"Since the day the treasury announced its plan to liquidate AIG, value has been destroyed because AIG's people and their relationships -- AIG's business -- are leaving," he said. "The evidence is overwhelming and indisputable that the American taxpayer is an investor in a steadily diminishing asset."
Last month, Liddy came before a separate House panel and told Congress that AIG's "overall structure is too complex…to be managed as one entity."
"AIG is not too big to be managed. It is too big to be managed poorly," Greenberg argued today. He said that the company -- and taxpayers' investment -- can still be salvaged.
"AIG's history demonstrates that its businesses can be highly successful if properly managed, and managing AIG properly is the only way to ensure that the American taxpayer will be repaid," he said.
To save AIG and help taxpayers recoup their money, Greenberg lays out a 10-point plan to replace the government's "systematic dismantling."
"The goal of government should not be to liquidate large companies that have demonstrated that they can succeed if properly managed. It should be to restore them so that they can be employers and taxpayers," he said. "We have the opportunity to follow a different course that will both preserve tens of thousands of American jobs and better ensure that U.S. taxpayers are repaid. The way to do this is to abandon the liquidation approach and focus instead on rebuilding AIG so that it is better positioned to pay back the taxpayer."
Greenberg argued for slimming down the government's stake in AIG and pressuring trading partners that got huge payments as a result of the insurer's bailout to funnel some of that money back into AIG as an investment. He also suggested separating AIG from the troubled AIGFP unit, whose trading in controversial credit default swaps plunged the company into crisis.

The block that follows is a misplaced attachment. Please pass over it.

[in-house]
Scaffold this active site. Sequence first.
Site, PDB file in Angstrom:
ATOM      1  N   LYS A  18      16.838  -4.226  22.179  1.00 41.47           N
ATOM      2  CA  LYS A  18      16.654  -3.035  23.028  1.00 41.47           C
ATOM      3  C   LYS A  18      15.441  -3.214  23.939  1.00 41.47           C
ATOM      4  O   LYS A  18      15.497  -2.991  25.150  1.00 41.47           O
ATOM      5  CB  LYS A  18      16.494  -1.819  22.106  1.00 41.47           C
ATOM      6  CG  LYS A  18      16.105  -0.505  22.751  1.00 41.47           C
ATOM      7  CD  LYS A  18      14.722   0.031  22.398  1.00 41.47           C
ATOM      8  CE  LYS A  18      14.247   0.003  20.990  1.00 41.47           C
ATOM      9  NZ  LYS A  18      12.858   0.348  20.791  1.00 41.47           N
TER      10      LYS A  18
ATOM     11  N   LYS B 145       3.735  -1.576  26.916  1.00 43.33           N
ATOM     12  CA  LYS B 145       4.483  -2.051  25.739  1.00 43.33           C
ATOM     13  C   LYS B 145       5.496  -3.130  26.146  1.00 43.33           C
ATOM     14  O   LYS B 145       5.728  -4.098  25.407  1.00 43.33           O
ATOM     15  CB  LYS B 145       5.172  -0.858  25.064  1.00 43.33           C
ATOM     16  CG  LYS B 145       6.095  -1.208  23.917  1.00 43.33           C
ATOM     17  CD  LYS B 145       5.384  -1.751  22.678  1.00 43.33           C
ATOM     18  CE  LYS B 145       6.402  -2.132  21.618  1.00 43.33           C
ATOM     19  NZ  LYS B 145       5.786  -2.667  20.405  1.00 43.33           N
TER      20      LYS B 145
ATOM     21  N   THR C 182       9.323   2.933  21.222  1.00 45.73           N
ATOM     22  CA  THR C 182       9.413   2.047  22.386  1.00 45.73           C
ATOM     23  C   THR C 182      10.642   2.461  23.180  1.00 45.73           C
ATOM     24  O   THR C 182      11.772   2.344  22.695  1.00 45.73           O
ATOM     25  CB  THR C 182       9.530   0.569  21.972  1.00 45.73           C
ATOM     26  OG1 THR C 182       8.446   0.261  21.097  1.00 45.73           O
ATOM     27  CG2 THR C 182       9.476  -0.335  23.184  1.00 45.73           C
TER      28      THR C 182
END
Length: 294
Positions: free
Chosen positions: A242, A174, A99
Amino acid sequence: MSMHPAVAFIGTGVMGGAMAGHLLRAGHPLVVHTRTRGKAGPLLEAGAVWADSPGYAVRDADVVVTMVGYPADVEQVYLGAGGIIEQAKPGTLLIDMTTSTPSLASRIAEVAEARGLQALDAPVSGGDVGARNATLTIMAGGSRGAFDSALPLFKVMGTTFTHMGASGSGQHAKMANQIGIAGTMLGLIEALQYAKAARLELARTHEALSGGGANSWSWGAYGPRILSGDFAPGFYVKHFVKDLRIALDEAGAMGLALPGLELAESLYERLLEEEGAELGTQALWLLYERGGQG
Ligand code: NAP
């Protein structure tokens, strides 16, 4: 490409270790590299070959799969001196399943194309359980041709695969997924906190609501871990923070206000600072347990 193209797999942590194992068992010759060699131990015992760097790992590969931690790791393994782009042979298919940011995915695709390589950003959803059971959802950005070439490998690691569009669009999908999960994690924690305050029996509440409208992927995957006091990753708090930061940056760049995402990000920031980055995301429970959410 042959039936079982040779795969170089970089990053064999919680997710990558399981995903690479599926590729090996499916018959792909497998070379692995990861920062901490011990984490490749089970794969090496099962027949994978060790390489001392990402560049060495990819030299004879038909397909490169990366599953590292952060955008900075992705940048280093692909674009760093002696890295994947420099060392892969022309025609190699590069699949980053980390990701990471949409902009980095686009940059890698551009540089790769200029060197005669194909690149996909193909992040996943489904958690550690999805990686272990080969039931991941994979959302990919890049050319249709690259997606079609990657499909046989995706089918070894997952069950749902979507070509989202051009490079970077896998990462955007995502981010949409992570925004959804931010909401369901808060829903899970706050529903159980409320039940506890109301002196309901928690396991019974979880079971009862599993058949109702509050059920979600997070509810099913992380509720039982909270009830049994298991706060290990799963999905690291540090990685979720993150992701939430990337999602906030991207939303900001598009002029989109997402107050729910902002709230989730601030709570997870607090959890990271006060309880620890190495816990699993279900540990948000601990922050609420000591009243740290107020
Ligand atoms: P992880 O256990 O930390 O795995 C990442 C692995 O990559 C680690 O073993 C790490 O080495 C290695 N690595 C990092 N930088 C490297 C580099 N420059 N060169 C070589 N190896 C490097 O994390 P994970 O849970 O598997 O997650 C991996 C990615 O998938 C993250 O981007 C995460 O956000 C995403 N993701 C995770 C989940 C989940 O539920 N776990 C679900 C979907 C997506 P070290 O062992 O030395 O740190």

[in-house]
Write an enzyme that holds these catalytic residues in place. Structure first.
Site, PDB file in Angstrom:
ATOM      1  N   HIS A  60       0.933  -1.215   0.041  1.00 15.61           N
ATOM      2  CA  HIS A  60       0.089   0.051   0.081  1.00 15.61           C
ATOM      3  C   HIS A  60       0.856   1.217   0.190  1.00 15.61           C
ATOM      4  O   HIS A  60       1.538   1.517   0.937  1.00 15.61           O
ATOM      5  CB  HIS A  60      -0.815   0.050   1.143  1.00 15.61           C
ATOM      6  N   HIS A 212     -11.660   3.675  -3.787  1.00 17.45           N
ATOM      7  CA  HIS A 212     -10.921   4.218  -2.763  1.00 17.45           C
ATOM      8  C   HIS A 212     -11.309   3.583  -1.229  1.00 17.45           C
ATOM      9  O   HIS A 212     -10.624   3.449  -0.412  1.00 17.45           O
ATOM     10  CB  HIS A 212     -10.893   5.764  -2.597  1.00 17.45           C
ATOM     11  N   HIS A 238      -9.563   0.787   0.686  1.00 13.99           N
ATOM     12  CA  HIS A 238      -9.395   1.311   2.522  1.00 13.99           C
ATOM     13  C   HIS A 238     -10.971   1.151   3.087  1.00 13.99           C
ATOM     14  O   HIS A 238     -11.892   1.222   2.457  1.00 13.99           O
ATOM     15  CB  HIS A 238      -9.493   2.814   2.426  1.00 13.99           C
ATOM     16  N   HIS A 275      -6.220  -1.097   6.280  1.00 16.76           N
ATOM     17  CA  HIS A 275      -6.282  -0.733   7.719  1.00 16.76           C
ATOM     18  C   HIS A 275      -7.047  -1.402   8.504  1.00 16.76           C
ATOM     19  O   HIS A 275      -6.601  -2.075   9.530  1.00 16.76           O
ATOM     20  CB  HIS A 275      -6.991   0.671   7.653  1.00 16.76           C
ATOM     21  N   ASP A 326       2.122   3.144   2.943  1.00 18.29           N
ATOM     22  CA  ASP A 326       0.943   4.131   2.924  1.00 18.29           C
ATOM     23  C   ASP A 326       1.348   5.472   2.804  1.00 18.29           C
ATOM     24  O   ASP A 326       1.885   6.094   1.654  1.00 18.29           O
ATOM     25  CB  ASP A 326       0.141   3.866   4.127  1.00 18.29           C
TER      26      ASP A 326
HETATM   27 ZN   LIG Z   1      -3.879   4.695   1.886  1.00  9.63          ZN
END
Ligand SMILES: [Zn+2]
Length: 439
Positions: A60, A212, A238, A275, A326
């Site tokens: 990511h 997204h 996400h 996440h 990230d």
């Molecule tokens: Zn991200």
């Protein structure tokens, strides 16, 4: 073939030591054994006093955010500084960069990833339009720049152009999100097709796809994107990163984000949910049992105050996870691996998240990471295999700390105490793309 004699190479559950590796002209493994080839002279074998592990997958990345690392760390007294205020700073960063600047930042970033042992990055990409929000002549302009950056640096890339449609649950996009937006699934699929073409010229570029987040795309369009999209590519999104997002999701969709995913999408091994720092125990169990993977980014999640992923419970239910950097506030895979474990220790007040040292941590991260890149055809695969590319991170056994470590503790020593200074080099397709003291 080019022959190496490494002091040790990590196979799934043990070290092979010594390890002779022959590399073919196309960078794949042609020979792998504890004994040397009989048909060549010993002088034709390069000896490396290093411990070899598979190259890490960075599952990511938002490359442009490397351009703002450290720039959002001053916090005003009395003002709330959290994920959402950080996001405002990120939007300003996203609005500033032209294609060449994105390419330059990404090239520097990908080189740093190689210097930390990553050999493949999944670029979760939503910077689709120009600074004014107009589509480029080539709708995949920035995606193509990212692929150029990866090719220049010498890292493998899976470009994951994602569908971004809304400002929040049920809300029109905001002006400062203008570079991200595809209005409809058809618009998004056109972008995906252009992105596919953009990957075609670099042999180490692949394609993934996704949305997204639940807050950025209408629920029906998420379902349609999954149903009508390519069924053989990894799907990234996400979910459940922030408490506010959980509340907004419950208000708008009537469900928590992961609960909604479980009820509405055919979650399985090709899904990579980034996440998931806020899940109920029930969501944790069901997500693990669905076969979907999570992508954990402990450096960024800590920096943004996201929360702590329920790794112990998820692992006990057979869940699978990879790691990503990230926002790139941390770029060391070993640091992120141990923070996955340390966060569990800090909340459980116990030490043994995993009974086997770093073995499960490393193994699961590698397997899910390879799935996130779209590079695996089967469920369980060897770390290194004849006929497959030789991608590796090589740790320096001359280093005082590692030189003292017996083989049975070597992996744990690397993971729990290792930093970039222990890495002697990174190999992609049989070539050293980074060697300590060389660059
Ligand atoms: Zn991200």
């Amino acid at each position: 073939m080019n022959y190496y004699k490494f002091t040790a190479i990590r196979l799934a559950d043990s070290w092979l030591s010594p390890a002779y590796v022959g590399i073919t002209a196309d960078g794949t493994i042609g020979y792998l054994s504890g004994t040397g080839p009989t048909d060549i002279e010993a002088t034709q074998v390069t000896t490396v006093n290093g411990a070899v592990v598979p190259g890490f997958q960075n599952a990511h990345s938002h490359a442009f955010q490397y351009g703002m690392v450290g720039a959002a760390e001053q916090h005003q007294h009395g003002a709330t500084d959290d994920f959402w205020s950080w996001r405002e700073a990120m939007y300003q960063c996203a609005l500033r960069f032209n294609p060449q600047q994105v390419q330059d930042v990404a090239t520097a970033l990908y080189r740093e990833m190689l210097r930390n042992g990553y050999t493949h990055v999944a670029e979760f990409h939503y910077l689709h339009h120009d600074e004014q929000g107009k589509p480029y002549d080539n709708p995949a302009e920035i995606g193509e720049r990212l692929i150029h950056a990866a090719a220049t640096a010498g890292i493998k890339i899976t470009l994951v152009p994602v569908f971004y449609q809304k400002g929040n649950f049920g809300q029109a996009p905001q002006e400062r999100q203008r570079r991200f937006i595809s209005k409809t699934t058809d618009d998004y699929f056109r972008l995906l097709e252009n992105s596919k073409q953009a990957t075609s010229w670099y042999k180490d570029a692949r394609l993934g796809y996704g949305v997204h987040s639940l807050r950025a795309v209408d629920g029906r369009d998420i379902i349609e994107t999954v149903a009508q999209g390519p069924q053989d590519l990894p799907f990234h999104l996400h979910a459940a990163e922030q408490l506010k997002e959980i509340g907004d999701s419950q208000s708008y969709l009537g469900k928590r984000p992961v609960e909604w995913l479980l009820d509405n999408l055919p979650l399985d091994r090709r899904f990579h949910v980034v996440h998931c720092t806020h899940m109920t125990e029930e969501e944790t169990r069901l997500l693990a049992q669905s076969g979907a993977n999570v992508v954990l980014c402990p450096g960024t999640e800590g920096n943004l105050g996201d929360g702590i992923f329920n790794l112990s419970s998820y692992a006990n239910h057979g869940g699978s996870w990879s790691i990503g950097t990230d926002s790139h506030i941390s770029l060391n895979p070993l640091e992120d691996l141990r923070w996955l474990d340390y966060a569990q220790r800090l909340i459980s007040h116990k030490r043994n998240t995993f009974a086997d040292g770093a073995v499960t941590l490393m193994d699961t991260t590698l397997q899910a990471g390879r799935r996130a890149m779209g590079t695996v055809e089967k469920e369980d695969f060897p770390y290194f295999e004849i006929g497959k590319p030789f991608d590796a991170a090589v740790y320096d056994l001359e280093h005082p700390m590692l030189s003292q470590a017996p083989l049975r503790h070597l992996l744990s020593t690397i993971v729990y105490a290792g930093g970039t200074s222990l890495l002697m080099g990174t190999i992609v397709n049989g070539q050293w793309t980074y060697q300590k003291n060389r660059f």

Greenburg also gave a vehement defense of his role in AIG and said his policies are not to blame for the company's failure.
"AIG's business model did not fail. Its management did," Greenberg said. "AIG's business model has a long track record of success over many decades. AIG can recover from its immediate crisis, continue to be an employer of tens of thousands of hardworking Americans and repay the assistance it has received from the American taxpayer, but only if both the government and AIG's management change their approach to dealing with its future."
In introducing Greenburg, committee chairman Rep. Ed Towns, D-N.Y., said, "Today we will hear testimony from the one man who knows more about AIG than anyone in the world."
"We need to understand what went wrong, so that we can figure out how to prevent similar disasters in the future," Towns said.
Forced to step down in 2005 in the midst of a fraud investigation run by then-New York Attorney General Eliot Spitzer, Greenberg has said AIG's collapse cost him his entire net worth.